Have you ever tried a cookbook recipe that was so wrong you wondered if anyone ever tested it before it went to the publisher?
I'm making tamales with the kids in my "food appreciation" classes. I approached the subject with some fear and trepidation, for, although I love Mexican food, and although I'm quite good preparing some Mexican foods, making tamales had somehow eluded me all these years.
I thought they'd be just the thing for Easter.
For a recipe, I sought a book exclusively about tamales. The author's bona fides appeared to be in good order. But something about the recipe didn't seem right: 12 cups of Masa, or corn flour mix; 7 cups of chicken broth; two cups of lard; 1 tablespoon salt.
Not that the ingredients or proportions sounded off. It was the quantity. Just mix in the blender with a paddle attachment, the author advised.
Against all my better instincts, I followed the directions. I was a bit alarmed as the 12 cups of masa dough piled higher and higher in the mixing bowl, finishing just short of the rim.
Something bad is going to happen here, I thought.
Trust me, I heard the author saying.
I turned on the blender--slowly--and began adding chicken broth.
Sure enough, the masa started to grow. And grow. And grow. Soon I was the main character in an I Love Lucy episode: Balls of masa were spillling out of the bowl. Balls of masa were leaping out of the bowl. And still the masa continued to grow. And grow. And grow.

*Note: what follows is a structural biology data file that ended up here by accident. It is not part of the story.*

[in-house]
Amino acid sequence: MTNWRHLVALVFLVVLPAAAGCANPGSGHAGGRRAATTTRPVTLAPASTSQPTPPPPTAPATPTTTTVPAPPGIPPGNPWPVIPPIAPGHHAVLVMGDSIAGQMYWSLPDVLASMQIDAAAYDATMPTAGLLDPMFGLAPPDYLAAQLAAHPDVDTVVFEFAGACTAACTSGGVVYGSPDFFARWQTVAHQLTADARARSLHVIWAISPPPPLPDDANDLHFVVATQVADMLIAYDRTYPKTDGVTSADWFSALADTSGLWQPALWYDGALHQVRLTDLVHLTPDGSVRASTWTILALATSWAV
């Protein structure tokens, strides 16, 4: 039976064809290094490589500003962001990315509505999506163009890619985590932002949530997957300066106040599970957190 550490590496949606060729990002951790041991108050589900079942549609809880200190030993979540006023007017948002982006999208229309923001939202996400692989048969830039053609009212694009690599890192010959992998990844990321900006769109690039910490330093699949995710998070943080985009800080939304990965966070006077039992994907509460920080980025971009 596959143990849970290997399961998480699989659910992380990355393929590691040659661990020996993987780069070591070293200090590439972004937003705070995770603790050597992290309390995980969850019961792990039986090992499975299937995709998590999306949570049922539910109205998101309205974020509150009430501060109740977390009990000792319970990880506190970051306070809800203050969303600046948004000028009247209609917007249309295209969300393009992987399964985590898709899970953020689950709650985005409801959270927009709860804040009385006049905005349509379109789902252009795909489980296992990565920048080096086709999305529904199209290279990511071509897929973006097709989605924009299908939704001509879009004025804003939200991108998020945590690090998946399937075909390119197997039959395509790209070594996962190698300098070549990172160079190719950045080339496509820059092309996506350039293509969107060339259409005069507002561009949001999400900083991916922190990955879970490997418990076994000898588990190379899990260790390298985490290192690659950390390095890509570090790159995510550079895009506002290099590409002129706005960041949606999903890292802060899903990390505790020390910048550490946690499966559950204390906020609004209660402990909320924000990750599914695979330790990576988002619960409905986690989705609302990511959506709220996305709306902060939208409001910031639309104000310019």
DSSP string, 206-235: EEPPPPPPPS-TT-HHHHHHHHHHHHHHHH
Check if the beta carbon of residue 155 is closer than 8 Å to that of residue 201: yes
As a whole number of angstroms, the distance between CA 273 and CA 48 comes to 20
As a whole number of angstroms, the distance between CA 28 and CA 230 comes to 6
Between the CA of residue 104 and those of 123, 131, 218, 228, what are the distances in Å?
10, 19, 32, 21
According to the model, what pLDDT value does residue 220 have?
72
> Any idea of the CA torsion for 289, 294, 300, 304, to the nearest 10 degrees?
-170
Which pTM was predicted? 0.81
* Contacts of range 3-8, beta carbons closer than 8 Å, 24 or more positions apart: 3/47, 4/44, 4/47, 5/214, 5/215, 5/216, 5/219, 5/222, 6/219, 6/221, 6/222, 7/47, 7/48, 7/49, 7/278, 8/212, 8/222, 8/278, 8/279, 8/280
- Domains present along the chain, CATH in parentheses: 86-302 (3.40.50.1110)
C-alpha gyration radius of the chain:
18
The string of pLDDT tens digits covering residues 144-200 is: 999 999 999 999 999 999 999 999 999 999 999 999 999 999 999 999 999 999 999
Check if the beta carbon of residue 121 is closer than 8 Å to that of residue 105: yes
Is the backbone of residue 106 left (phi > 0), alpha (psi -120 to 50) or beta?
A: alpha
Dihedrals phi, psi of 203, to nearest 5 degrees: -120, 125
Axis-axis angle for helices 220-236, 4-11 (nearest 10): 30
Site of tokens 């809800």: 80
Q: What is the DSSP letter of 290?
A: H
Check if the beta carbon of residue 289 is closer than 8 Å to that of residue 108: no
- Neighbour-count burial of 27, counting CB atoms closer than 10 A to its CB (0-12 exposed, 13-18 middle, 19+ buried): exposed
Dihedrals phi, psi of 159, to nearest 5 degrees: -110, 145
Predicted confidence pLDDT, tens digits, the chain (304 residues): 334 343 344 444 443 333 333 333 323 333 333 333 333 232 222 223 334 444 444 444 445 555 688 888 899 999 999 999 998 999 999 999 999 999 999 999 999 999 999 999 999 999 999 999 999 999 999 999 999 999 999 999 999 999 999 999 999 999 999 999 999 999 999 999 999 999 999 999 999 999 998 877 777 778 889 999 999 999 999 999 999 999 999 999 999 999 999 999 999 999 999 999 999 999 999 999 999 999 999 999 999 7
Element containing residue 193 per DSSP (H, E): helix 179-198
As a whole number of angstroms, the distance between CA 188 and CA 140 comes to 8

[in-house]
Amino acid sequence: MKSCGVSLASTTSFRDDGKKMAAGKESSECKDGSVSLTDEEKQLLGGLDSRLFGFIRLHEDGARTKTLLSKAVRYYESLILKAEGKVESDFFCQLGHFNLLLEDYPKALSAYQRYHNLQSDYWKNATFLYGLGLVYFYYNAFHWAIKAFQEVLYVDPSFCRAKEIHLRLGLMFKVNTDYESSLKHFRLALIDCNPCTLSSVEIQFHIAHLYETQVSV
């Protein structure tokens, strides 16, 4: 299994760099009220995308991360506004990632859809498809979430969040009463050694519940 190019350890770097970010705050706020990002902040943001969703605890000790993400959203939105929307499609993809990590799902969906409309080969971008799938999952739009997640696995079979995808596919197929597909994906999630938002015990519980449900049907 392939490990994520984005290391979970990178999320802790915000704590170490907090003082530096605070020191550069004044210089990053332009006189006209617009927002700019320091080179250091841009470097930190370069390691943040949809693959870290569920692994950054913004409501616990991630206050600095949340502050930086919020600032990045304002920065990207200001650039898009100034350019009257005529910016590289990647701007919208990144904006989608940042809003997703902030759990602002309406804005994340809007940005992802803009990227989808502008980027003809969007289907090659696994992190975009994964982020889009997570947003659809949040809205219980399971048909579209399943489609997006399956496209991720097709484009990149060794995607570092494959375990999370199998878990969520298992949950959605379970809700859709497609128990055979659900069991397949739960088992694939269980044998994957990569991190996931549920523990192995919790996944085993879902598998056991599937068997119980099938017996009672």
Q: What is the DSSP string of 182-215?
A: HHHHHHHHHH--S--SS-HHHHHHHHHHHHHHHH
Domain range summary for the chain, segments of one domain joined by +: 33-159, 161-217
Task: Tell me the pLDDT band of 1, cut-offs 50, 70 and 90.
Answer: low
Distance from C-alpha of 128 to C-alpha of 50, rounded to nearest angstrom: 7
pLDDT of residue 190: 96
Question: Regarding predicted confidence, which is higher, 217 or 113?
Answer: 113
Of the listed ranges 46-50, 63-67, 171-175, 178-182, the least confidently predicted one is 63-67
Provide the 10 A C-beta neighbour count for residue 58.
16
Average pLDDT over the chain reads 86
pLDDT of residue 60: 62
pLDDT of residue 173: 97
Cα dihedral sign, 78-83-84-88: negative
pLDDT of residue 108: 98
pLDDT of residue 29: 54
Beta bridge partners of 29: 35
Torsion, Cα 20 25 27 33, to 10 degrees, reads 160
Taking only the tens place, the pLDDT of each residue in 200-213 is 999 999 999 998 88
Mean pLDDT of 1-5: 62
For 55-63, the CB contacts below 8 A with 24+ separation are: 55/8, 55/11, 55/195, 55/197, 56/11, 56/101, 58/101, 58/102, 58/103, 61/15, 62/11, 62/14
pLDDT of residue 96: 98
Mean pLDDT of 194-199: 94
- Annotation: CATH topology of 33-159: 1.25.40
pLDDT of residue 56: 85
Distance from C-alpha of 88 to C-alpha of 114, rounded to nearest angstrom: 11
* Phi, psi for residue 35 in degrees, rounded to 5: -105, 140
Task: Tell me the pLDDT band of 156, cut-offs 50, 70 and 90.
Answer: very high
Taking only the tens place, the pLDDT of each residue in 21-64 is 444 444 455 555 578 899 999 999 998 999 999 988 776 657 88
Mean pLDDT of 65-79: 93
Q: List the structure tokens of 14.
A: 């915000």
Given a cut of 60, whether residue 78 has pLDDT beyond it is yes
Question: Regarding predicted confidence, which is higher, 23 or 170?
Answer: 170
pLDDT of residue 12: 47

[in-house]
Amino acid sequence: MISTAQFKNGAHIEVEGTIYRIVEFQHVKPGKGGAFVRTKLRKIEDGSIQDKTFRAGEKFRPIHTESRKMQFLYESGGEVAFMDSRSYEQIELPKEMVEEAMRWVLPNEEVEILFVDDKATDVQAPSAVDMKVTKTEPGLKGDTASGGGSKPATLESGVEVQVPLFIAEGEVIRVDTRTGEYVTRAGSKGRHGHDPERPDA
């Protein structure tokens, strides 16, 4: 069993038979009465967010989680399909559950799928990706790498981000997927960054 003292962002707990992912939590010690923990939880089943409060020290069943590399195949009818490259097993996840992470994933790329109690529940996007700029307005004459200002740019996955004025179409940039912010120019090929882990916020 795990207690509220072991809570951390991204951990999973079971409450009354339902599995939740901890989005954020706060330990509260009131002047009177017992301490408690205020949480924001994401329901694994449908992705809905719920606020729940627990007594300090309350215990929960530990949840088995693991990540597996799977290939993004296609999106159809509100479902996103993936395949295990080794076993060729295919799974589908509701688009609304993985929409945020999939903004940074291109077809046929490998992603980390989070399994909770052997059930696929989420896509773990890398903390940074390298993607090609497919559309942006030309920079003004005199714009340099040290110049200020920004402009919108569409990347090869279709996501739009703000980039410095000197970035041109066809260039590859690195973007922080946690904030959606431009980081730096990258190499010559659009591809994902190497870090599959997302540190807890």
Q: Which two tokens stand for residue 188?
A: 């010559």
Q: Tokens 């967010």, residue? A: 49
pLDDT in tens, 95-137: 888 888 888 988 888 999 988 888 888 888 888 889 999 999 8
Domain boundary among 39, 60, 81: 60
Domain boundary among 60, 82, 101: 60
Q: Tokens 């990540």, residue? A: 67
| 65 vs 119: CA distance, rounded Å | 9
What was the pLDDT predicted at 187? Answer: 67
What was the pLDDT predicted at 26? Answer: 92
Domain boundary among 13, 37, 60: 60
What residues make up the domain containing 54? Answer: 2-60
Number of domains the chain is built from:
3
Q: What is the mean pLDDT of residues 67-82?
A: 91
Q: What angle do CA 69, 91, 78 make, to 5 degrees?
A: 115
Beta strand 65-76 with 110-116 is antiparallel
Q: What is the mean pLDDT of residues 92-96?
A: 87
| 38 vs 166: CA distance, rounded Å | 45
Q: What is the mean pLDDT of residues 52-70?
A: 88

I didn't know whether to curse or laugh outloud. I'd made a complete fool of myself and I had one hell of a mess to deal with. There was masa everywhere. Not what I needed first thing in the morning.
Finally, I'd had enough. Screw the blender. I dumped the whole thing on the counter top and started kneading it by hand.
I looked back at the recipe to see if I'd missed something. Had the author perhaps called for the use of a commercial-type blender, something much bigger than my household Kitchenaid? But the only guidance was this: "In the bowl of a heavy duty mixer...."
There were other things about this recipe that were just plain off. I looked at the huge pile of masa dough on the counter and started thinking this was going to make way more than the "2 or 3 dozen" tamales the author claimed. More like 5 or 6 dozen, it turns out.
The recipe also called for a 1/2-cup scoop of dough in each tamale. The author must have been using some kind of giant, Chernobyl-type corn husks to wrap her tamales. I'm finding that 1/4 cup of dough per tamale is more like it.
Too much chicken, not enough tomato in the filling. Quarter-inch slices from "large Russet potatoes" to be added to the filling, but no indication whether this meant a slice from the whole length of the potato, or something smaller. On and on...
"Did you look at other recipes?" my wife asked. "Usually when I'm researching something, I look at all my recipes before I start cooking."
Duh. Of course I hadn't. What was I thinking? I have volumes by Rick Bayless and Diana Kennedy, as well as other Mexican cookboks I've collected over the years. I could easily have checked. In fact, a little voice had told me to check and I had ignored it. Whatever made me think that a cookbook, simply because it was devoted exclusively to tamales, would be more authoritative?
Lesson learned: There really are some crappy cookbooks out there, even the ones (maybe especially the ones) with all the gorgeous photos. Even the ones with glowing editorial reviews at Amazon.com. I must say, though, this one does have some dynamite illustrations on the many different ways to fill and tie the finished tamales.
Tomorrow, we put this episode into our memory bank and begin to actually assemble and cook our tamales.
To be continued....